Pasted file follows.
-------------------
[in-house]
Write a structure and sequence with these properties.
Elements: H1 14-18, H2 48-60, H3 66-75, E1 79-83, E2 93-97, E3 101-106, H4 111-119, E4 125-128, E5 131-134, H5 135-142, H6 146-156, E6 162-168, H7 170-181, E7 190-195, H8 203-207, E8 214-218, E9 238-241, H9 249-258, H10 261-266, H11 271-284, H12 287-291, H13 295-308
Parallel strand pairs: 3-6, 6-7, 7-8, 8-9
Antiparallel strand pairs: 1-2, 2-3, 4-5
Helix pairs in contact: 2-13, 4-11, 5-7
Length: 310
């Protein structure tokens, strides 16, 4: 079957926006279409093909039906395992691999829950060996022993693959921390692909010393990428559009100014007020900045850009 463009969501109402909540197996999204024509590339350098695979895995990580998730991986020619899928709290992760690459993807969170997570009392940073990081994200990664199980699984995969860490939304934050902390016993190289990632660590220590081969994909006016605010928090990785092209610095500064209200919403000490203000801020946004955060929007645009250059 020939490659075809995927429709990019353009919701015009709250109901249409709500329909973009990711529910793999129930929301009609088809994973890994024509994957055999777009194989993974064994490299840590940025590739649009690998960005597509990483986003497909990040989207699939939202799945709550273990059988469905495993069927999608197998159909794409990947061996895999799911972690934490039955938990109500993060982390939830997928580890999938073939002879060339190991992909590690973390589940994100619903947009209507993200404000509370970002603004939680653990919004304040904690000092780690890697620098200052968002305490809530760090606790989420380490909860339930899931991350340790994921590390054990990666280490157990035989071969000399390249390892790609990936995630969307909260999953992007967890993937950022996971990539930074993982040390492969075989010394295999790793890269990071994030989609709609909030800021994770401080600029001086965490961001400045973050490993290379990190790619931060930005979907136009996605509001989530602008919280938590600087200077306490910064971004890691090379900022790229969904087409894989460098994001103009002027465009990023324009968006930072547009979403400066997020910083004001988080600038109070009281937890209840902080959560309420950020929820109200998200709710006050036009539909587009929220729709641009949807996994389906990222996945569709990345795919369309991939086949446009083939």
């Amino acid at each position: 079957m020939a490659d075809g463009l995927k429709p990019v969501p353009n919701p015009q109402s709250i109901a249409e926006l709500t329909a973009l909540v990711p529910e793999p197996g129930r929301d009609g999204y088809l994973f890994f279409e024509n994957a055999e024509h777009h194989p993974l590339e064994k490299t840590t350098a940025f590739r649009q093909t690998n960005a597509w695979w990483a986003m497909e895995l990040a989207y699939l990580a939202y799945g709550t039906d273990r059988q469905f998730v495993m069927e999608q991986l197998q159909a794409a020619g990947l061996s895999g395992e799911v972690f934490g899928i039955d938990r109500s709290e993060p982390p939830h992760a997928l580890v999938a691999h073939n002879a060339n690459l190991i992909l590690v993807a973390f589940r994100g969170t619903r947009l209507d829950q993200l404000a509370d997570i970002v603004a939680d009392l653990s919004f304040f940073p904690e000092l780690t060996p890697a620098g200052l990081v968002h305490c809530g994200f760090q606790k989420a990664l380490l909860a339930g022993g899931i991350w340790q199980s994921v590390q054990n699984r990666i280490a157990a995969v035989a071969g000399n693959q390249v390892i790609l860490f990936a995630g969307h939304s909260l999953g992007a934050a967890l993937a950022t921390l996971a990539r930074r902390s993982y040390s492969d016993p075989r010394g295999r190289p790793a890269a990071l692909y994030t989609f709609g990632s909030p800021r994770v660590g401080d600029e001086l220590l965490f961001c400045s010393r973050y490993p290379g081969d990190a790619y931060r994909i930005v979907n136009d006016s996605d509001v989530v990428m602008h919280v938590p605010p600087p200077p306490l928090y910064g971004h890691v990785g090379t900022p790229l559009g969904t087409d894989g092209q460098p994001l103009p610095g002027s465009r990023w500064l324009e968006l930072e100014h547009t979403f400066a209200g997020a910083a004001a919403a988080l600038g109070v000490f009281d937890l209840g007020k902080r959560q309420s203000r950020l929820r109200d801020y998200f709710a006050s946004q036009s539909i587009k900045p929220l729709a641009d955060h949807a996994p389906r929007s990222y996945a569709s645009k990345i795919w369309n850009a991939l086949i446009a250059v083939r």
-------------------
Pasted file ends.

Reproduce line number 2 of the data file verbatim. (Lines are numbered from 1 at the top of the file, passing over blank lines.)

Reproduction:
Write a structure and sequence with these properties.